Orangutan Learning Tree
Scientists have long wondered about the true nature of great ape cognition, and a groundbreaking project at Zoo Atlanta provides researchers and guests with an ongoing opportunity to observe the skills of some of the animal kingdom’s most complex problem solvers.
Opened in 2007 through partnership with the Center for Behavioral Neuroscience (CBN) and IBM, the Orangutan Learning Tree encourages the apes to participate in regular interactions with an on-exhibit computer, engaging in a variety of programs that allow scientists to collect data on their cognitive abilities. Our goal is to learn more about the orangutan social cognition—in other words, their understanding of their social environment. For example, what features do they use to recognize individuals (faces? voices? both?)? Do they recognize group versus non group members? We conduct this research in collaboration with Dr. Robert Hampton and the Laboratory for Comparative Primate Cognition at Emory University. Dr. Hampton’s lab conducts similar work with other species of primates, and we hope to eventually compare performance across species to look for common elements of primate cognition.
Currently, the orangutans are working on a categorization program where they are learning to categorize objects. You can try the same program the orangutans are doing here.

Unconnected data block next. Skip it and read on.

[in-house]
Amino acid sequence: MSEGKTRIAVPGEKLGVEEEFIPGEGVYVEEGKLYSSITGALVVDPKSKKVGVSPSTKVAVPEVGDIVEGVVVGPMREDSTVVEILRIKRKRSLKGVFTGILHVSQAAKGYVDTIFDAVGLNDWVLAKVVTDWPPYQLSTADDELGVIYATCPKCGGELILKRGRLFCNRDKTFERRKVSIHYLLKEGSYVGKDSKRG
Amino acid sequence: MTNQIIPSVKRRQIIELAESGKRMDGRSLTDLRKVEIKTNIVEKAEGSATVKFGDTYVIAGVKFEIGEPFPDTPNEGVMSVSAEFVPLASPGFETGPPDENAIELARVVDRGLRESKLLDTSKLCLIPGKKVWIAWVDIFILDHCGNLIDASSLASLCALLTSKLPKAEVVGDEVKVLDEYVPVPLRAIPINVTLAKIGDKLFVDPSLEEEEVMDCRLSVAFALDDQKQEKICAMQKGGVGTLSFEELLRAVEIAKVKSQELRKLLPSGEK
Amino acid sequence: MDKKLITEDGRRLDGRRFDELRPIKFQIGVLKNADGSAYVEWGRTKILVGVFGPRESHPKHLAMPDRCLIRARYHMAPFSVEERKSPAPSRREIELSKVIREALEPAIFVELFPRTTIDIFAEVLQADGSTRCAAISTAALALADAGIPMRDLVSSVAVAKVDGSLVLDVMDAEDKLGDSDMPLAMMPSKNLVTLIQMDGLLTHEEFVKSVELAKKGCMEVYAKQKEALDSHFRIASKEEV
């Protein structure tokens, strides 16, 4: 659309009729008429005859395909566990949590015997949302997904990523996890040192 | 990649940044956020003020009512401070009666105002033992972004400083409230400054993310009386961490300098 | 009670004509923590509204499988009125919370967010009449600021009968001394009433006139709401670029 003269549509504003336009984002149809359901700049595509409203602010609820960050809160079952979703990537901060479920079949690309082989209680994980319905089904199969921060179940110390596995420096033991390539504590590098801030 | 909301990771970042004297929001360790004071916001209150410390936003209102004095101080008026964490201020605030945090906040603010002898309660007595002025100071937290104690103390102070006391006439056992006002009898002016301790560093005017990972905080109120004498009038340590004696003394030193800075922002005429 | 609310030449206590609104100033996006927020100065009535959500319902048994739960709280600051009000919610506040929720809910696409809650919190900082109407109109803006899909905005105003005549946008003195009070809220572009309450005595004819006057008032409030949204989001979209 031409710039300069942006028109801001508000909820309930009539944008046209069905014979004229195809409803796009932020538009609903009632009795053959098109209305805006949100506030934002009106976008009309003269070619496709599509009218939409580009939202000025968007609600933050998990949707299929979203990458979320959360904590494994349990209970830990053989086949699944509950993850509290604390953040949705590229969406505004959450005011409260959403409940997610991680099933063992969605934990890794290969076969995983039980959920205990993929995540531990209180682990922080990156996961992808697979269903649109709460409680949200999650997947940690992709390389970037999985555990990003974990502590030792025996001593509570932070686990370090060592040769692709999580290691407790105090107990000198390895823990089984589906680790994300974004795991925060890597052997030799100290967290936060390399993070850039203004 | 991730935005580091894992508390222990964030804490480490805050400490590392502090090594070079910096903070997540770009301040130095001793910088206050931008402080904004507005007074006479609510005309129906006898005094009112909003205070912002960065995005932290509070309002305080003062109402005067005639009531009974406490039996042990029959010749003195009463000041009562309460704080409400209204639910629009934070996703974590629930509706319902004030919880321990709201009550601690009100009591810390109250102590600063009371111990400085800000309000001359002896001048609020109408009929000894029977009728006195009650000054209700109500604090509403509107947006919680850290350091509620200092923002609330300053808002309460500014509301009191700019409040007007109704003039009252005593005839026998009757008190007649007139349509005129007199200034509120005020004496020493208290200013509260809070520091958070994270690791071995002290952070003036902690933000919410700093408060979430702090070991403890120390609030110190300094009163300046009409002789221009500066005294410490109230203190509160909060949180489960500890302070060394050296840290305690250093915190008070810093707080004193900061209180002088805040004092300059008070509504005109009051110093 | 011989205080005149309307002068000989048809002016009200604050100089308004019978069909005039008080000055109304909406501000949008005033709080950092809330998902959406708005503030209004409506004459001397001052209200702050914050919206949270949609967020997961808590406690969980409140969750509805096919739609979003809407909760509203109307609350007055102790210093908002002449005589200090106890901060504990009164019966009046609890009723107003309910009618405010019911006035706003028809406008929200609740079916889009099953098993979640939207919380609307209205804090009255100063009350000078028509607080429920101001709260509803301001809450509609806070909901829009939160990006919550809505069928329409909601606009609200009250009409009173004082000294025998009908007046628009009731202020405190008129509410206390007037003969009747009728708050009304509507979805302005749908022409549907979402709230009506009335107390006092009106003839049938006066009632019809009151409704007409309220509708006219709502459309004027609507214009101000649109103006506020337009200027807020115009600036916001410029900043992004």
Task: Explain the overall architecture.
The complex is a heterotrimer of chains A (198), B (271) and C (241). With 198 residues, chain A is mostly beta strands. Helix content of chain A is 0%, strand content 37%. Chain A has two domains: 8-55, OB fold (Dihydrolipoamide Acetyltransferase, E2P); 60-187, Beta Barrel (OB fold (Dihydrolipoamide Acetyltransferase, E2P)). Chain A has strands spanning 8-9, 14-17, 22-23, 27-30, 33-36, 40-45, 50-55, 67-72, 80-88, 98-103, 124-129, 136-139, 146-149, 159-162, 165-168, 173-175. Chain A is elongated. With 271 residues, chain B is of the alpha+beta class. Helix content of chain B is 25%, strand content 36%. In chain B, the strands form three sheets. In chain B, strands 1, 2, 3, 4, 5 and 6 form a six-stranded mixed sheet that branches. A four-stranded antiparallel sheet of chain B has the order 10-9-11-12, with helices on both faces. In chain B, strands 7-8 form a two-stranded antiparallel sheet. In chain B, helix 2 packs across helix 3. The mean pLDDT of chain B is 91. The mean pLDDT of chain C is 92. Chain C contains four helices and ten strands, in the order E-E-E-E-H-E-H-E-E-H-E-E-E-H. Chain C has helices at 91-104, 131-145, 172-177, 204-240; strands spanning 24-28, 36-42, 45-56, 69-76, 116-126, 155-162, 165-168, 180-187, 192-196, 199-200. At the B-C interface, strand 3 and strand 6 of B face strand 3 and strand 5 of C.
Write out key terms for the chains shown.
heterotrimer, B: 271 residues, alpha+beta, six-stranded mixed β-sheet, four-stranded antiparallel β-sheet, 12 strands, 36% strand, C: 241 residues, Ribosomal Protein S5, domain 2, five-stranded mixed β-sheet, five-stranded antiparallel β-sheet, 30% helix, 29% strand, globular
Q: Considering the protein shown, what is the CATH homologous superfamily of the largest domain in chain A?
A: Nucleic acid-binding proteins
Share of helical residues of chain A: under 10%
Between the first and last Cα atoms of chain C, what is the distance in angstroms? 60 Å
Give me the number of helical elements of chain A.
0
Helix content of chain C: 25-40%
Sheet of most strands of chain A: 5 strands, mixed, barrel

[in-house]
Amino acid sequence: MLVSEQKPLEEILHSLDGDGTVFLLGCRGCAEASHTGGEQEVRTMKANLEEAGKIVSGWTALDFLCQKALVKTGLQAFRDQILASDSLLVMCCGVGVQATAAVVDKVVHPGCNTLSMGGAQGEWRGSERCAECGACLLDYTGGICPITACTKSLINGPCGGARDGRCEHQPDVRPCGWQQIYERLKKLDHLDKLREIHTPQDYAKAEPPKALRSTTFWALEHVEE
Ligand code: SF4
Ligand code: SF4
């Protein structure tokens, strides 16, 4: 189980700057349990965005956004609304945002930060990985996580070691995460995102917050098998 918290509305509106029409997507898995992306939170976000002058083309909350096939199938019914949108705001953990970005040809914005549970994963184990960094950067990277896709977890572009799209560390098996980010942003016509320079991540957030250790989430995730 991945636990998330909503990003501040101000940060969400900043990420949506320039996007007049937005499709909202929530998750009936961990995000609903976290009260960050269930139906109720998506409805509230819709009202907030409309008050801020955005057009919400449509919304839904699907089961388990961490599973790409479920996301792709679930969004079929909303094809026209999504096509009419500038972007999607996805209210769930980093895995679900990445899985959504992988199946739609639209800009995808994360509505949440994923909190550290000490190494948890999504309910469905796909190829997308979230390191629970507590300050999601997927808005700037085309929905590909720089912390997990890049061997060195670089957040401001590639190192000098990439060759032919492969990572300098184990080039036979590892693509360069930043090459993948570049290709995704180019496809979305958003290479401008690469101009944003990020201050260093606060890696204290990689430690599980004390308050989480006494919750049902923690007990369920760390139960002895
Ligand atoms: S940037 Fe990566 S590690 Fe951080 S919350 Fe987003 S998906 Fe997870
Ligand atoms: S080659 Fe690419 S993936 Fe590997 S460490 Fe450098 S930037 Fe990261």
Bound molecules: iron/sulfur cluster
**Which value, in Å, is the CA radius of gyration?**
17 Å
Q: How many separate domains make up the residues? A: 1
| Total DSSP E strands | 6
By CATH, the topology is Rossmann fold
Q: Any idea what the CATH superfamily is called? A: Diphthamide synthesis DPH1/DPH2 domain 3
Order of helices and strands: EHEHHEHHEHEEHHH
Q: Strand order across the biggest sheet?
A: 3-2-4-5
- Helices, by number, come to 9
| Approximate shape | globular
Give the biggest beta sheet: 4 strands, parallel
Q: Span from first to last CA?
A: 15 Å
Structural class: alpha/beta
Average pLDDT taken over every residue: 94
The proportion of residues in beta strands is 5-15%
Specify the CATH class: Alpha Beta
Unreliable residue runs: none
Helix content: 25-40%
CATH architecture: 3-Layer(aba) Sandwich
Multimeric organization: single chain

Visitors to the Zoo can observe the orangutans working and hear more about the research program during scheduled demonstrations. Check your Zoo map during your next visit to find out when you can see the project in action, or stop by the Orangutans of Ketambe habitats to watch an informative video illustrating the Learning Tree’s fascinating capabilities.
This cutting-edge research and learning experience were made possible by resources and contributions from CBN, the Laboratory for Comparative Primate Cognition, the IBM Corporation, an anonymous donor and Touch International. A state-of-the-art educational kiosk provided by IBM gives visitors basic information about each of the orangutans in Zoo Atlanta’s collection, as well as information about the challenges the species faces in the wild.